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10 Ways You Look Like A Chess Pro

xstagex
May 24, 2011, 9:27 AM 2

So you think you’re a cool chess dude, but is it obvious to everyone else that you’re a chess newbie? Here are 10 ways to lure them into giving you the pro tag! :)

1. "Yeah but that creates a backward pawn on an open file." This statement is a winner! Make sure you throw this out at least 4 times in a given night, regardless of the situation being discussed.

2. Change your last name to something that's impossible to spell and speak with any kind of an accent, make one up if you have to. I'm telling you, when you walk around and talk with an accent people automatically bump you a class rating.

3. If someone is showing an endgame puzzle or something, make up a famous game that it's from. Like several weeks back I was at an out of town tournament and I proudly announced the position they were studying was from Morphy versus Lasker in 1799. Everyone was so amazed by my brilliance they just starred at me in silence.

4. "I played Joel Benjamin in an online simul the other night, he was putting some pressure on me, so I traded into a bishops of opposite color endgame and forced a draw." Proudly announce this in chess club, but make sure you act like it's no big deal. Use your accent.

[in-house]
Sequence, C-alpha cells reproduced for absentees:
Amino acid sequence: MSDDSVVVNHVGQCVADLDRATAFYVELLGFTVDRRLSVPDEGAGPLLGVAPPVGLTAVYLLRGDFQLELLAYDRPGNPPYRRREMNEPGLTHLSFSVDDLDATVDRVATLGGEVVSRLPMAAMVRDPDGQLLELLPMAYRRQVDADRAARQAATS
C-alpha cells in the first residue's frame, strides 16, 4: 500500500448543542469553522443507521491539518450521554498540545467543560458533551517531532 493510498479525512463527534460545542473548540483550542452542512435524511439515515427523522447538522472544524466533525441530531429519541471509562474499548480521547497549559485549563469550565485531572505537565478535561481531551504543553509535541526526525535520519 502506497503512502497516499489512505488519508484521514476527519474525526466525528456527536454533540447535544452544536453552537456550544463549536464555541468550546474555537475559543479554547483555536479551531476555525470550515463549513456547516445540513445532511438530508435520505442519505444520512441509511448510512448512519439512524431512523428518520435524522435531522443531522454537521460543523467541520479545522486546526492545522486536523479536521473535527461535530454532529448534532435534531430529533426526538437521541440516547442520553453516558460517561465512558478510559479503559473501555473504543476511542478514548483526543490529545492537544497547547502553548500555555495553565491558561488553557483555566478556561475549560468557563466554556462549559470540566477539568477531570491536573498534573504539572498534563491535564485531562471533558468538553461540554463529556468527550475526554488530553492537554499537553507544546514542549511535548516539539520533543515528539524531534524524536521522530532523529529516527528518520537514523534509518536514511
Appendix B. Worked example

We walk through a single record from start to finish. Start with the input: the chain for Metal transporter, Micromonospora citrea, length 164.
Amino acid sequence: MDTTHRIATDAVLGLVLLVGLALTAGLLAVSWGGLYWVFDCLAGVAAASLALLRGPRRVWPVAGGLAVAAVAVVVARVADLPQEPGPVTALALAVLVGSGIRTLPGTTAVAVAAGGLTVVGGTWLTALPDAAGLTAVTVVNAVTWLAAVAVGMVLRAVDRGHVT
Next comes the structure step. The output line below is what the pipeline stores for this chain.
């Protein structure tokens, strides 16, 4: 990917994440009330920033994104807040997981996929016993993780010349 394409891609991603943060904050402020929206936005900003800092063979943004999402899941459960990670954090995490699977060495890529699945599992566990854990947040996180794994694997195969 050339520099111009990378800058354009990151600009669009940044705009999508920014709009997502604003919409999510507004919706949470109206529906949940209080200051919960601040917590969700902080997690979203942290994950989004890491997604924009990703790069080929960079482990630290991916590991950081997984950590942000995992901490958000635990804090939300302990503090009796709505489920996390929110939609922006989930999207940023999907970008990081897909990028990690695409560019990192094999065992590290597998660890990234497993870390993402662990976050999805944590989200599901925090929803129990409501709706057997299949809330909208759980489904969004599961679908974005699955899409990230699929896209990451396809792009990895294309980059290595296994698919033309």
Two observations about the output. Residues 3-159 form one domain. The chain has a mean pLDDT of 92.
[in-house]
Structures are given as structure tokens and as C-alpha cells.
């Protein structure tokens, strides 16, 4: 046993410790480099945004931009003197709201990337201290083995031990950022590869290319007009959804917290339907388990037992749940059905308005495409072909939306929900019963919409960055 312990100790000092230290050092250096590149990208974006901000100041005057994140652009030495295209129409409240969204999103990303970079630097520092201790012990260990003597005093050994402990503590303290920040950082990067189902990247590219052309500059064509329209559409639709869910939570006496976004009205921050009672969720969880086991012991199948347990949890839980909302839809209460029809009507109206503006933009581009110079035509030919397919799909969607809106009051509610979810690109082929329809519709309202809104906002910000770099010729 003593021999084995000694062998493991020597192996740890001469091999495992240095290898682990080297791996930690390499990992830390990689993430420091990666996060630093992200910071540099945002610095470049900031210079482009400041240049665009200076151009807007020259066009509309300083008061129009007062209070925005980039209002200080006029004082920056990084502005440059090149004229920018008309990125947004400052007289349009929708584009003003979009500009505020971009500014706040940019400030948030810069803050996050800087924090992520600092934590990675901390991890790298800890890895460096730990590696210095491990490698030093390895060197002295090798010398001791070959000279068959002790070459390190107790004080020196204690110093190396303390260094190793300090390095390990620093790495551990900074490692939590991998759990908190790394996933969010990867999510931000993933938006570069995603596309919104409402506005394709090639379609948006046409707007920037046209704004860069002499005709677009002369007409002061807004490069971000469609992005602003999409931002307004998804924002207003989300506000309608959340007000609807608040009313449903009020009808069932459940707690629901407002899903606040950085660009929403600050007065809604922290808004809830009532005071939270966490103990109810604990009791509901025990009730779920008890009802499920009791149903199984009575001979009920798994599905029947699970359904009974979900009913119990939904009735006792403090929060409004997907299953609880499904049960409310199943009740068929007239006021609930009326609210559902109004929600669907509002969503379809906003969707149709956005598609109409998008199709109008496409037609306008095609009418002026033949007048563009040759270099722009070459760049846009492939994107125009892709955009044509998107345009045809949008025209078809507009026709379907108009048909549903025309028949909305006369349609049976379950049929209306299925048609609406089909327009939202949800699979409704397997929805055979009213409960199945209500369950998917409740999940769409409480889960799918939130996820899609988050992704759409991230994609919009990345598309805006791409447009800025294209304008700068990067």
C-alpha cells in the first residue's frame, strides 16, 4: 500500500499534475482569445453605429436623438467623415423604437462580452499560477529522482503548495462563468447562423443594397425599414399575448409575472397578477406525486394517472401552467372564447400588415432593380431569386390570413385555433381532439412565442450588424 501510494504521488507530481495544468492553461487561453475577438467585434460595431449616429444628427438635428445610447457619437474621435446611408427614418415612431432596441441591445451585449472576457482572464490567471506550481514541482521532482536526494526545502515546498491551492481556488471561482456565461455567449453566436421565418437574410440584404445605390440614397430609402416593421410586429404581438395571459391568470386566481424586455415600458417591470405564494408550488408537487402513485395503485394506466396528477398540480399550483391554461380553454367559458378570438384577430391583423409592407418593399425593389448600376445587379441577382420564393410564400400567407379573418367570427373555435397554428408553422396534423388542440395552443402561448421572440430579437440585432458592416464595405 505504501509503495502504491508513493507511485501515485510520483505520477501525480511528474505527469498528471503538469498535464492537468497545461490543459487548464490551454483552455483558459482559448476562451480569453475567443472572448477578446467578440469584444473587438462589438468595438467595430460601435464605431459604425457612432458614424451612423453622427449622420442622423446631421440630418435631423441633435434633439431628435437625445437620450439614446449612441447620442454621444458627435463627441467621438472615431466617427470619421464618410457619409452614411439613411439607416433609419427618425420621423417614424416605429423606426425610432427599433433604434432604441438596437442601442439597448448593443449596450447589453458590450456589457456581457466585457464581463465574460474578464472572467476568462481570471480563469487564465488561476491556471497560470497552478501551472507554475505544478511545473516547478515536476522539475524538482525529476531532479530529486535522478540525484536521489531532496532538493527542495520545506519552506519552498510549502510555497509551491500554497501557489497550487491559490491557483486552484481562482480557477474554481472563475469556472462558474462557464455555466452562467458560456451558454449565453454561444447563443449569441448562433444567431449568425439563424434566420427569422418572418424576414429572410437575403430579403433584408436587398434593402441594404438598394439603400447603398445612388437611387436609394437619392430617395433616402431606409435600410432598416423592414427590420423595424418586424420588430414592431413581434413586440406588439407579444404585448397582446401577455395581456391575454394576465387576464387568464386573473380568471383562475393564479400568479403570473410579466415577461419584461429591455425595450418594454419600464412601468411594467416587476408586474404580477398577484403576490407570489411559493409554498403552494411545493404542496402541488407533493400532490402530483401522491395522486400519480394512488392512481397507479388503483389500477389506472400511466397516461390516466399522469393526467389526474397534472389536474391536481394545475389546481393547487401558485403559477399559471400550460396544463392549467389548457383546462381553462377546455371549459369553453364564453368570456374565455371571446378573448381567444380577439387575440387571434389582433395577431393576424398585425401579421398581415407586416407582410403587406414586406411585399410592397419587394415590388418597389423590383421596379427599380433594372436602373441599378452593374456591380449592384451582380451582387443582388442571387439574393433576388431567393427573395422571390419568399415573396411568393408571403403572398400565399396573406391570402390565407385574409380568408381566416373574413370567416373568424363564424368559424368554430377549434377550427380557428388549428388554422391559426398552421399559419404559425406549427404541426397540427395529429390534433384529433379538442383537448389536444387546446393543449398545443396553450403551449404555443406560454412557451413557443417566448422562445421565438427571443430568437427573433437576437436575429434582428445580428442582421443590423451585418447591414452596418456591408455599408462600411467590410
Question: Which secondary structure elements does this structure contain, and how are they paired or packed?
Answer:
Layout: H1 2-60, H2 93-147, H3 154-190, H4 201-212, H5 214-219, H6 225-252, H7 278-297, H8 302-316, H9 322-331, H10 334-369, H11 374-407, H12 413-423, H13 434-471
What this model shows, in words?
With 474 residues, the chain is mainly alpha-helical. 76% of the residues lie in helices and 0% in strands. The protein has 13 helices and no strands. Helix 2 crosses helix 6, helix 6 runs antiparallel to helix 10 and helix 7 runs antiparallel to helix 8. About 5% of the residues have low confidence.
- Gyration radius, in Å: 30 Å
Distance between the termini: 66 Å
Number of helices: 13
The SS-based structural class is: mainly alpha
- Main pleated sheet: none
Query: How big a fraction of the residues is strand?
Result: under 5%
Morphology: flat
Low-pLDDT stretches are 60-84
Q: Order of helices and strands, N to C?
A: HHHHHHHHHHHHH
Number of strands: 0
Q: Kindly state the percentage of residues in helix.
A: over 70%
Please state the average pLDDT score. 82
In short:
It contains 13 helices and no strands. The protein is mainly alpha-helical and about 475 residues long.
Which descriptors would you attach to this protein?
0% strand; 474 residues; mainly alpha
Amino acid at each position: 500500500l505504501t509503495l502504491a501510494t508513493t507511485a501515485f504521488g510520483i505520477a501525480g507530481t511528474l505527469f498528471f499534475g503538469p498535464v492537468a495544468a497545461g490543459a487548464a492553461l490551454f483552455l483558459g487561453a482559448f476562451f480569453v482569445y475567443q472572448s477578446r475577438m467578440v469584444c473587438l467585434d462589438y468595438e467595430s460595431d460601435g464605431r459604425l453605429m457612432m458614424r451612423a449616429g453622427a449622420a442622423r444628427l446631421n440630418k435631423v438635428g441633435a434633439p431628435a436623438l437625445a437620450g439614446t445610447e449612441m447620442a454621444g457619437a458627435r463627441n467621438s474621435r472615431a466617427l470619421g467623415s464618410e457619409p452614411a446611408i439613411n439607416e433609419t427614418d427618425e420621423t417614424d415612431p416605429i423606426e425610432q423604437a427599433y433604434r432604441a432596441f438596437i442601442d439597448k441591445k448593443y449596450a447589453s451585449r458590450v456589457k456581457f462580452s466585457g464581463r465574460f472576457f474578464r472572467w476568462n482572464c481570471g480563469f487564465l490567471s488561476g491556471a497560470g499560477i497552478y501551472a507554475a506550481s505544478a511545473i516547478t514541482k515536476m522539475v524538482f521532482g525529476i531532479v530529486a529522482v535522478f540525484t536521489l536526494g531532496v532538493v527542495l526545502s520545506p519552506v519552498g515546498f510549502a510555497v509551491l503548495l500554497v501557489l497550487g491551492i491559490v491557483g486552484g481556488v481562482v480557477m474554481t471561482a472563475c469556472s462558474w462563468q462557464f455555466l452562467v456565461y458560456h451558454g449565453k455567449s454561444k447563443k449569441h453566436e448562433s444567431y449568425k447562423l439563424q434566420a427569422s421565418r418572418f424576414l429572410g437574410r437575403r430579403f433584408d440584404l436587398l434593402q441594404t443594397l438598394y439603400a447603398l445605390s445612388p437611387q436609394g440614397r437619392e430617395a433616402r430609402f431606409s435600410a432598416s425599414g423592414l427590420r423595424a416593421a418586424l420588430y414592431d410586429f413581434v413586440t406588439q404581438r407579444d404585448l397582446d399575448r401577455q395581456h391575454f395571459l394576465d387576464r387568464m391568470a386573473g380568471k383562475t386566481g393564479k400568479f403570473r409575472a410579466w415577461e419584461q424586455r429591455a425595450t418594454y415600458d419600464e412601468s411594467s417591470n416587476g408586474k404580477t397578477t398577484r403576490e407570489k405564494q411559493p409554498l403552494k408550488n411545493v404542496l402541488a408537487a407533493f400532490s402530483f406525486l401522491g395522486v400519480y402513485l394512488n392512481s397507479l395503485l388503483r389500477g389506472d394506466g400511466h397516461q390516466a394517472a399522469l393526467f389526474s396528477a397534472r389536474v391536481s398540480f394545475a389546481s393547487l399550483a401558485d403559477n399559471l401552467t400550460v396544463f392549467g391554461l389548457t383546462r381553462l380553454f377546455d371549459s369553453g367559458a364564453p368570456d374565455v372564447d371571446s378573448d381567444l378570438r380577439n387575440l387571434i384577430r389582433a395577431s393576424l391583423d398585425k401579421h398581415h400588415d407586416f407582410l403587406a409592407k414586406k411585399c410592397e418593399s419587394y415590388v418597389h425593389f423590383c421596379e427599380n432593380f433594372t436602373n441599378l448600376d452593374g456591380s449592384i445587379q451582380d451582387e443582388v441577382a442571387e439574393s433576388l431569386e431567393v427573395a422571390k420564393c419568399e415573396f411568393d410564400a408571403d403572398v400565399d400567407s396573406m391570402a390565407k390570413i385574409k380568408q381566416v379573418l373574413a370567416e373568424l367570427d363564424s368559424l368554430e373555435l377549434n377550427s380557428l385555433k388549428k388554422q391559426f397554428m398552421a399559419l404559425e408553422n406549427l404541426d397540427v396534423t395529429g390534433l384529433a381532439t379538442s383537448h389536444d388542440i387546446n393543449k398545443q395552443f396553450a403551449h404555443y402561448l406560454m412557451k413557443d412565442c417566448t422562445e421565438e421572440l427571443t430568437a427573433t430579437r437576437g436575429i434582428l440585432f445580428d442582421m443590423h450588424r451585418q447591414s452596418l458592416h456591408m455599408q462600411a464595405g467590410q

5. Walk by someone playing a game and just kind of snicker. When they look up at you say "oh, sorry, I just spotted a forced win. Look for it, it's there."

6. When confronted with a puzzle make sure to put on your best concentration face. Sink your eyebrows. A hand gesture of some sort over your mouth is mandatory. Then all at once say, "Wow! That's clever. I don't want to ruin it for everyone else so I'm not going to say anything." Walk away before someone gets a chance to call you out on it.

7. Convince people you are Garry Kasparov.

8. Reference a ficticious book you helped a Grandmaster author. Sound smarmy. "If you're having trouble converting endgames check out 'Endgame for total Morons' that I co-authored with Bobby Fischer in '97"

9. Make casual references to your 'students' and 'understudies'. For example, "Yeah a student of mine made a similar mistake in his game the other night that you just made, it cost him the Class B tournament prize."

10. This is by far the most important rule so pay attention. Never, ever, ever play a game over the board.

The Article of SonofPearl reminded me of this read. This is just a parody of it :) Here is the link to the full post. The snippet is a repost from part of it.

http://weaksquare.blogspot.com/2009/02/how-to-become-good-chess-player.html

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